this antique weaving, with it's design symmetry of horizontil banding, as representing a most archaic or authentic berber design composition. With it's three wider bands, the basic format is simular to this,
or possibly even this
- It's getting late, more tomorrow- Dave
Another Moroccan example of this banded format
To All-The last of the three images being compared above from my last post,
Jenny Housego's Tribal Rugs plate#120, are described as being produced by Baluch
or Kerman tribes and hence middle eastern. While of course it could be argued
that the limitations of the weaving medium might themselves first suggest a
format of horizontil stripes, and that the design evolved independantly, the
appearence of this weft float technique, common as I understand only to these
areas say to me - Imported. And history does I believe bear witness to the fact
that the Arab invaders, proceeding from the Fatamids of Cairo to Syria, Libiya,
and in turn most the rest of North Africa- and may well have brought their
designs and techniques to these areas so long ago, which to this day they are
still to be found in modified form.
It seems that when we speak of Morocco we seem to forget that while the indigenous peoples who have left an indellible print and impart a discernable artistic sensibility or aesthetic to much of the creative process, the Berber were and perhaps still are a subdjucated people. Neither their language nor their religion, let alone the people themselves, are the dominating forces in Morocco.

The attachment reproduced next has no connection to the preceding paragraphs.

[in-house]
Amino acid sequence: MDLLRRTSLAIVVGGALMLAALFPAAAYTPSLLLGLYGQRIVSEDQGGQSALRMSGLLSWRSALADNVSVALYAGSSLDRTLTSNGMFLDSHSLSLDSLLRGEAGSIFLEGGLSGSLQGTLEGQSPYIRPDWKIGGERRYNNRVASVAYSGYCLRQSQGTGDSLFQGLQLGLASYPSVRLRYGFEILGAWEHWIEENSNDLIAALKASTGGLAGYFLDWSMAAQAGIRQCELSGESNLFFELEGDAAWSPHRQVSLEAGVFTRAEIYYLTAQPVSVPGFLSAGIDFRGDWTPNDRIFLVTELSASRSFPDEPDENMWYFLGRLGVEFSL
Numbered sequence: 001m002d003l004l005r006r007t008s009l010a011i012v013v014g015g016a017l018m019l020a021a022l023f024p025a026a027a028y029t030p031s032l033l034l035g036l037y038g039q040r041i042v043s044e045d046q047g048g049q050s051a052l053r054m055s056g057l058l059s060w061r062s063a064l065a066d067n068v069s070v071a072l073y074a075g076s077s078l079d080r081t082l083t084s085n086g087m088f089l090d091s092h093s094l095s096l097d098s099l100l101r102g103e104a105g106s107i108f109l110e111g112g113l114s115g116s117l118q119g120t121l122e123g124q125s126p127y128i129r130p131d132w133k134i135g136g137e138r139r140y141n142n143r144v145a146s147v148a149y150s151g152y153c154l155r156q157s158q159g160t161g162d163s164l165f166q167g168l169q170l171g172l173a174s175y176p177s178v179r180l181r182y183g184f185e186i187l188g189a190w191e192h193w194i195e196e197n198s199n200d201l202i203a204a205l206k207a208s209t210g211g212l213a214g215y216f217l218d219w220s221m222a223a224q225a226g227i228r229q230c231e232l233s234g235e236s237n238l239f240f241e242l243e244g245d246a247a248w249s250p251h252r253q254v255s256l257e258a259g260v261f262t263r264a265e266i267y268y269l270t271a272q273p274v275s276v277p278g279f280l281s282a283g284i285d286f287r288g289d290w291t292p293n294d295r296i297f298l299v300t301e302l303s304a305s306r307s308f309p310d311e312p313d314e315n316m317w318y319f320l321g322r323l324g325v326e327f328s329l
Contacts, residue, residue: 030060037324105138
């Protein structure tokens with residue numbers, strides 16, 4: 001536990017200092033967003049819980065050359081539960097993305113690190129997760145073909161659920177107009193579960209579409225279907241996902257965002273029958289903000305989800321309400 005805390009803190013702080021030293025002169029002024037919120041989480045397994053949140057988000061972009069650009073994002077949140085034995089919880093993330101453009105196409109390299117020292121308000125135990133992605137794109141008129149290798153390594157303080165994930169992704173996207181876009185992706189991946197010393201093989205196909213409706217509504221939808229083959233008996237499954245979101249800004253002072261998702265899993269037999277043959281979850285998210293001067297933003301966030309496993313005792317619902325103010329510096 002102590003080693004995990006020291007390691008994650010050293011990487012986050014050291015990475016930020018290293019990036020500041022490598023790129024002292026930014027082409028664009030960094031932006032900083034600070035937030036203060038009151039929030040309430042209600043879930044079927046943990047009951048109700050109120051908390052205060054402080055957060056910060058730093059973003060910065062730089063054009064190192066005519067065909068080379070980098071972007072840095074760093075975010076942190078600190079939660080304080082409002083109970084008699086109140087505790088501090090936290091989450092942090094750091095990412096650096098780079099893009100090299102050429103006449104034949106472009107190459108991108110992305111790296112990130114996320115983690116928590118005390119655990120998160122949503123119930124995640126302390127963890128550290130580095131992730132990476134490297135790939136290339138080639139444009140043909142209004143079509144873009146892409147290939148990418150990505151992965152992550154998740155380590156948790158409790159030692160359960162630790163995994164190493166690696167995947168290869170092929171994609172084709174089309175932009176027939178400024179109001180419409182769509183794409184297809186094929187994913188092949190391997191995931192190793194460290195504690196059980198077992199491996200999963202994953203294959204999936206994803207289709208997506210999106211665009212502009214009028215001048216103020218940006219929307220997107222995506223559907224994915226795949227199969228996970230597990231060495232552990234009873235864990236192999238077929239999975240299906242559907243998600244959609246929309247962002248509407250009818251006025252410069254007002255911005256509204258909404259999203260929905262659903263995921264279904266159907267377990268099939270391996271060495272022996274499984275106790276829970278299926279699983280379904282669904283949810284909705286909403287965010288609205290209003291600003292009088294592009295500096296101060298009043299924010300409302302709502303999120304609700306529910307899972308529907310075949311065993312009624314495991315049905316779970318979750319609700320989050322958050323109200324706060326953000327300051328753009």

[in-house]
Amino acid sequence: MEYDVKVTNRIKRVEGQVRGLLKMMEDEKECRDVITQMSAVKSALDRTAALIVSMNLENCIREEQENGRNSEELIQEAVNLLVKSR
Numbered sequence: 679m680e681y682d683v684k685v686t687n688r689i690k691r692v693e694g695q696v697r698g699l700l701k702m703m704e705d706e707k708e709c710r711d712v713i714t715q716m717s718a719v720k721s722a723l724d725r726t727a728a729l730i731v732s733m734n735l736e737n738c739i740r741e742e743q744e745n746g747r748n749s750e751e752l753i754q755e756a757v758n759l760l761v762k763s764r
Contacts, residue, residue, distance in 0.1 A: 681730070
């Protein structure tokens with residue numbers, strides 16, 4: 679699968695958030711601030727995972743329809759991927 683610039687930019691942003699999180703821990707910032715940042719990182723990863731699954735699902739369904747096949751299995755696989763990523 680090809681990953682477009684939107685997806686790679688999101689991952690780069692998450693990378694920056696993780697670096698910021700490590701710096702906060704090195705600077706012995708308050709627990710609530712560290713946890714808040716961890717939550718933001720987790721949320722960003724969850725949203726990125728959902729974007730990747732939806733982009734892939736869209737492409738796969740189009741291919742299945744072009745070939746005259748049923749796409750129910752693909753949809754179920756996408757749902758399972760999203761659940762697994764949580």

Berbers- Up Close and in Person
I owe this woman an apology,as she is actually rather attractive, not a great picture of her but a nice picture in general.
This photo was taken in her back yard as she was doing some chores in this blinding light and heat- and she is a berber. However, as with so many, she speaks Arabic. Granted, it is my understanding that as a general rule the ethnologist uses language as a delineating marker, but in Morocco many of the Berber speak Arabic. I don't know that there is any danger of the language being extinguished, but it has been supplanted to a considerable degree.
Who are these Berbers, these fair complected Meditterainian